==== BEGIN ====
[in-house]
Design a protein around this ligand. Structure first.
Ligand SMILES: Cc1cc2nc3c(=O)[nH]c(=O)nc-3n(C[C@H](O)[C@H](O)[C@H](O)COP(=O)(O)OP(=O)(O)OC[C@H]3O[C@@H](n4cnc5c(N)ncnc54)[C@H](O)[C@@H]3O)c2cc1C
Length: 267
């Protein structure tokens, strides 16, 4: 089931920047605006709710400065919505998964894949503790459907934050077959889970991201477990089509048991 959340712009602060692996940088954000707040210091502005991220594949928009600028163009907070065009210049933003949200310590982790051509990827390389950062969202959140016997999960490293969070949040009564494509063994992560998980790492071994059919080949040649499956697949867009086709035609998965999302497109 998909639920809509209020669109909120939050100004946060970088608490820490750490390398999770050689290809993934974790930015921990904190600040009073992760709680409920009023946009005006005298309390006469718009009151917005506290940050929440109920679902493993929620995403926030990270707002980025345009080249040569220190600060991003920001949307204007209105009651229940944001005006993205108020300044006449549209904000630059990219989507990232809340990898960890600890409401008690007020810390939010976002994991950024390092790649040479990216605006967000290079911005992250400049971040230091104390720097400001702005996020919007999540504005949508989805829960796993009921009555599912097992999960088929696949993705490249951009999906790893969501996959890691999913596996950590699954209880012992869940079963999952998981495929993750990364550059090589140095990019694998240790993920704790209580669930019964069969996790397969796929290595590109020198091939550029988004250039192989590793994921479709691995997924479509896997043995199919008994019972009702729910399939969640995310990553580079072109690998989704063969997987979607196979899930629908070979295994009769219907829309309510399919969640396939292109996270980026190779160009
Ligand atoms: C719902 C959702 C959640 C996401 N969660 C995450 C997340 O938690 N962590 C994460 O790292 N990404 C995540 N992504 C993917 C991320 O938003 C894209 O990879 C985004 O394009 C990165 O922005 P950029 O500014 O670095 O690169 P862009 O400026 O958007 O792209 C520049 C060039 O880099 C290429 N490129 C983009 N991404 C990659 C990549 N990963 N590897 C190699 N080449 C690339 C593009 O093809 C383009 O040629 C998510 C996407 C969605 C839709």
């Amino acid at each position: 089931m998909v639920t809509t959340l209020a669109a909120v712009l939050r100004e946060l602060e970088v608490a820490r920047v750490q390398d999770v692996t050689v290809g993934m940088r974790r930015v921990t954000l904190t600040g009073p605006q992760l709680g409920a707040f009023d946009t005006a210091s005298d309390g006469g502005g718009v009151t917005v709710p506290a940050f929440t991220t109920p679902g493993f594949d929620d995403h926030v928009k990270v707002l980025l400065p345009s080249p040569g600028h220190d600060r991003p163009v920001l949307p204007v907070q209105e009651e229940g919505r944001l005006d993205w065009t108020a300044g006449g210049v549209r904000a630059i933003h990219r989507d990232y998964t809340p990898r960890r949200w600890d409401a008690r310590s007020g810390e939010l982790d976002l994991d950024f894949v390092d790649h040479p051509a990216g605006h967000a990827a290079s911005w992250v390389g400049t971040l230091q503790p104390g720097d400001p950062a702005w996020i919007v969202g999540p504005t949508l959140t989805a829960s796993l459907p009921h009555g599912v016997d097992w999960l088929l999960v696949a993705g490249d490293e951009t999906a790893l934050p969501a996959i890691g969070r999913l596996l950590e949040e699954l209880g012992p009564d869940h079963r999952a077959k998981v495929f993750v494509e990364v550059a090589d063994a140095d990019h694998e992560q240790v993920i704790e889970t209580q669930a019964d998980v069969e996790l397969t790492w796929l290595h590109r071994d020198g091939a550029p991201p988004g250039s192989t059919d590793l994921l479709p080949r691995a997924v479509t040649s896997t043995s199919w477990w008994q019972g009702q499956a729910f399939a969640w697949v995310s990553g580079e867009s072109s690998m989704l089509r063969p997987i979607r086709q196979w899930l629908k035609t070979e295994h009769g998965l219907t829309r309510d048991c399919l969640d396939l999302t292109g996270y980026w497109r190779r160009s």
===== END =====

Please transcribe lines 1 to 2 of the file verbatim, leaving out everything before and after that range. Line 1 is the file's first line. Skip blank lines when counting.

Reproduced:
[in-house]
Design a protein around this ligand. Structure first.